Credit must also be given to the massive ensemble full of talented character actors led by Cillian Murphy who ambles through Los Alamos transfixed by his wonder with the scientific possibilities of Project Trinity paired with repressed regret and guilt bubbling toward the surface during his post-war deposition, but his political foe Lewis Strauss is portrayed with sinister restraint by Robert Downey Jr., who disappears into the role like a chameleon. What’s also ever changing throughout Oppenheimer is the uncanny musical score from Ludwig Goranson and breathtaking cinematography that communicates the suspiciousness of political thrillers from the past with high contrast black and white, and aspect ratio shifting that always frames the titular genius as the titanic god in human flesh he yearned to be, only to be forced to cope with the guilt and consequences of being the destroyer of worlds. Christopher Nolan’s epic masterwork amounts to a phenomenal character study of a man fascinated by science only to forget humanity’s own significance upon getting swept up by the very system that betrayed him, took his literal ball of mass destruction and ran with it. 


3. Past Lives (Celine Song)

For a long time, Celine Song’s debut feature and Sundance smash hit Past Lives topped this particular list, and it’s easy to see why it held onto the spot for so long. The decades-spanning love story between two childhood sweethearts separated after one emigrates from South Korea to America boasts a heartrending performance from Greta Lee, a thoughtful script that beautifully conveys the intimacy of romantic relationships, and expert direction that allows us to ponder what’s going on inside the minds of its characters, and think about who we were at different points in our lives, and who we are becoming now and in the future. Read the full review HERE.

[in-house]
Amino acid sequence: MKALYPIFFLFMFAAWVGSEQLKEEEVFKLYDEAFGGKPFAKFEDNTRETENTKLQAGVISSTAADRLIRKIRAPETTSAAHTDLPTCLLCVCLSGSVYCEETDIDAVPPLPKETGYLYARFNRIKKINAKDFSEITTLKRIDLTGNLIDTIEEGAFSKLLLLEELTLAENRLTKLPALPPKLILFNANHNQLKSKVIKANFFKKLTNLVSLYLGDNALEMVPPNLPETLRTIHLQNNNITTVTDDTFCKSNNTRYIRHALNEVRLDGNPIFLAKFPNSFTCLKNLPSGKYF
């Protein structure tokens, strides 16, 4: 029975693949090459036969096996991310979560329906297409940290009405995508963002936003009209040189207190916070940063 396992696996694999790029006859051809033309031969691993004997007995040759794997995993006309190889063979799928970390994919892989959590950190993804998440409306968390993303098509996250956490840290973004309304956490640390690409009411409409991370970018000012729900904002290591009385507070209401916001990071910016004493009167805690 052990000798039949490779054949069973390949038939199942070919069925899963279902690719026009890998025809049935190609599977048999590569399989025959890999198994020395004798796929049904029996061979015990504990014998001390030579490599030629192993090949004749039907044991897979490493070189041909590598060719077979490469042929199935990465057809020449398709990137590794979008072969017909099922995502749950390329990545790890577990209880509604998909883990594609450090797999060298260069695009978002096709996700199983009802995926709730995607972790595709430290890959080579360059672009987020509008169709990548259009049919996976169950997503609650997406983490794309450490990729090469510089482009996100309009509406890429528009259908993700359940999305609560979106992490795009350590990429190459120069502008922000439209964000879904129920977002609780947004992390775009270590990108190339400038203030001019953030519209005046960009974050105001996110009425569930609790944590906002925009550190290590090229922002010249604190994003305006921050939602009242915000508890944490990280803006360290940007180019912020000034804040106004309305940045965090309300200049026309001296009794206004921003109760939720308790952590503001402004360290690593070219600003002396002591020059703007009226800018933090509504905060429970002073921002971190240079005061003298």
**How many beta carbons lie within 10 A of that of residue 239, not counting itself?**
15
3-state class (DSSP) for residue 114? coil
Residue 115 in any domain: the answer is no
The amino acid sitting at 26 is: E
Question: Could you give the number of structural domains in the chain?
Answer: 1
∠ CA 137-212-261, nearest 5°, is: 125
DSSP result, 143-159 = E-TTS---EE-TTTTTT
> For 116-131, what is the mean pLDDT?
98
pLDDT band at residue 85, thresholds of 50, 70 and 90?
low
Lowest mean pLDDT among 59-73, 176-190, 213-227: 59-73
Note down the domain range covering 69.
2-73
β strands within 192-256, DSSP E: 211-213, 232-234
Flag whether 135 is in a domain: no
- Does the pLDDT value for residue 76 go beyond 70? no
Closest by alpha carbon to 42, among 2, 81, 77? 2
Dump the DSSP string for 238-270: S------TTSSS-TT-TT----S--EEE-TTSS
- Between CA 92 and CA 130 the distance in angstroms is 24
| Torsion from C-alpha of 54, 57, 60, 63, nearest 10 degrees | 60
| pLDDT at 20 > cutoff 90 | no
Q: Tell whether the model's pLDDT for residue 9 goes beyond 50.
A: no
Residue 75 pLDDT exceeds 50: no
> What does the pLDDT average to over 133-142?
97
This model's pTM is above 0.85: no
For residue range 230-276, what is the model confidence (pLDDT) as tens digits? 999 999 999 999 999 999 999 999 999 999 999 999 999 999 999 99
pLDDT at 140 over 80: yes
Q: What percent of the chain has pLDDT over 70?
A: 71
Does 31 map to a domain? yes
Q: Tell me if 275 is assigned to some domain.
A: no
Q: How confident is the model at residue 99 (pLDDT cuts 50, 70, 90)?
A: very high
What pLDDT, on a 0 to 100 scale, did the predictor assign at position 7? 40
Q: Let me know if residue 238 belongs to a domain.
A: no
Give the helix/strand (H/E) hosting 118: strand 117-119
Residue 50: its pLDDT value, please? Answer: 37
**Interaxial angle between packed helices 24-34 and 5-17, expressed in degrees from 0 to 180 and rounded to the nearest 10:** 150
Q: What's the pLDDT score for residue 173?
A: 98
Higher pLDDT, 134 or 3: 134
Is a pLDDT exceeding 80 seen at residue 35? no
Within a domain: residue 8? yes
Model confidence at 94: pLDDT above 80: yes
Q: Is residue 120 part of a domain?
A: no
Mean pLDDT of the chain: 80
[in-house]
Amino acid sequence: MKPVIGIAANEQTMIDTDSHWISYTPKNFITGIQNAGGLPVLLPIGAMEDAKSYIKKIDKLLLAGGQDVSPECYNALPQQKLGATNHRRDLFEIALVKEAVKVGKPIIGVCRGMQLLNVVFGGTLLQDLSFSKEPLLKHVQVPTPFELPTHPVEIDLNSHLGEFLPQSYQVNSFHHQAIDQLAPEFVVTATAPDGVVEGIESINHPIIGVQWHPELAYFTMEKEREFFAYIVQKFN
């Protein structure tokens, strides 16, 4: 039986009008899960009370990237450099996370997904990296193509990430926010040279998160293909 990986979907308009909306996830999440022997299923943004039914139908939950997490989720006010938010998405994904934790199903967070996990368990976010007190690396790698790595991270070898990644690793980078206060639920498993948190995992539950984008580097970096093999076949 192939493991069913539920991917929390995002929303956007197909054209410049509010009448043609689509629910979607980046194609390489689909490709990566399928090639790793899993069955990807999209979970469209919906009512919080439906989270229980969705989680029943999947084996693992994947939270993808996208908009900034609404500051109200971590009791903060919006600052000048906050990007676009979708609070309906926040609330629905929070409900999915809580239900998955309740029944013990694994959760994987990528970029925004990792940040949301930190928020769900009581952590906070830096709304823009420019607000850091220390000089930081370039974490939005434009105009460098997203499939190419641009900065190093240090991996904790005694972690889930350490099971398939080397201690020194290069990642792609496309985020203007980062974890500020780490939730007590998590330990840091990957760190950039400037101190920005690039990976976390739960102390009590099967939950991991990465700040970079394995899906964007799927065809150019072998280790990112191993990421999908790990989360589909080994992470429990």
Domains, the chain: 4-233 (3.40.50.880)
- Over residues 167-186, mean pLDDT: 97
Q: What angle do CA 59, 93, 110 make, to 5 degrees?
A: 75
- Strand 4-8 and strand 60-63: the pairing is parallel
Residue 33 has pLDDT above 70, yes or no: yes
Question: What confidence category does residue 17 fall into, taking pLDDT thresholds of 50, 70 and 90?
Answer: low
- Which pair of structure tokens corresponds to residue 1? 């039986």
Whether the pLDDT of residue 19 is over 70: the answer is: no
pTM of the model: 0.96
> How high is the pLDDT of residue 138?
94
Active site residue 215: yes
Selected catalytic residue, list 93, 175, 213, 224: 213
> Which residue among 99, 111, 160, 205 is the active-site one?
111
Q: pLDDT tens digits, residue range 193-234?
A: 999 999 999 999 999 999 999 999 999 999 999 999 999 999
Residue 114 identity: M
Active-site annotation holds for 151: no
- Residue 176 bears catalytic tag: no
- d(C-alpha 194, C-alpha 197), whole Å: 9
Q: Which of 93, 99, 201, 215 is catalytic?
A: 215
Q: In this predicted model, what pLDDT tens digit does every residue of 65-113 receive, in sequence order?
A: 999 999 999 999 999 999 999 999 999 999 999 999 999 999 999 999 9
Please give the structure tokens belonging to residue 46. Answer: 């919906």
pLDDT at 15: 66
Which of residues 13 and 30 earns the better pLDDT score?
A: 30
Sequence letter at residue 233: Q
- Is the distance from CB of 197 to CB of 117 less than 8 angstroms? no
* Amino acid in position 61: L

2. The Holdovers (Alexander Payne)

The simple narrative of an intellectual professor of ancient civilizations at prestigious Barton Academy assigned to supervise the select few students unable to leave their boarding school for holiday break had all the elements to be something saccharine: an arc that sees its main character grow from a strict curmudgeon to a forgiving father-esque figure to a troubled student topped off with a Christmas setting, but what makes The Holdovers one of the most extraordinary films of the year is the poignant humanity from David Hemingson’s script based on an original story and put on screen successfully by director Alexander Payne, who is no stranger to stories following characters plagued with regret, having done so with The Descendants and Nebraska. 

For his latest film, Payne succeeded in telling this story in the style of an early 1970s coming-of-age story, complete with imperfect camera zoom-ins and outs, a filmic grade that makes colors warmer and cooler given the time of day, and even by starting the film with retro title cards to transport viewers back to one of the most socially tumultuous times in American history and asks us to think about our own regrets. And the titular holdovers are performed with naturalist work from its small ensemble cast; Paul Giamatti exudes intimidating authority, proud dignity lonely sorrow and dry wit with every word of Paul Hunham’s massive vocabulary, and newcomer Dominic Sessa breaks through as rebellious Angus Tully, but it’s Da’Vine Joy Randolph’s nuances that steal the show as cafeteria manager Mary Lamb’s grief over her son’s death in the Vietnam War ekes out quietly in each of her scenes until a song impels it into an explosion. For Alexander Payne, The Holdovers is not only a considerable return to form after the colossal disappointment of Downsizing, but the results amount to one of the most delightful, touching and poignant dramedies to come out in recent memory.


1. The Zone of Interest (Jonathan Glazer)

Jonathan Glazer horrified and made audiences think about our birth from evil to well-rounded humanity and back again nine years ago with Under The Skin, and this year he returned with a profound meditation on evil and its genesis by our leaders and our loved ones in The Zone of Interest. Adapting the novel of the same name by Martin Amis to film sets viewers into a time where Hell on earth existed, makes them wish they did more against those who tended it, and exposes us to the harrowing physical and mental effects of carrying out and fighting against evil. It’s a tough but important watch, and that’s why The Zone of Interest is the best film of 2023. Read the full review HERE.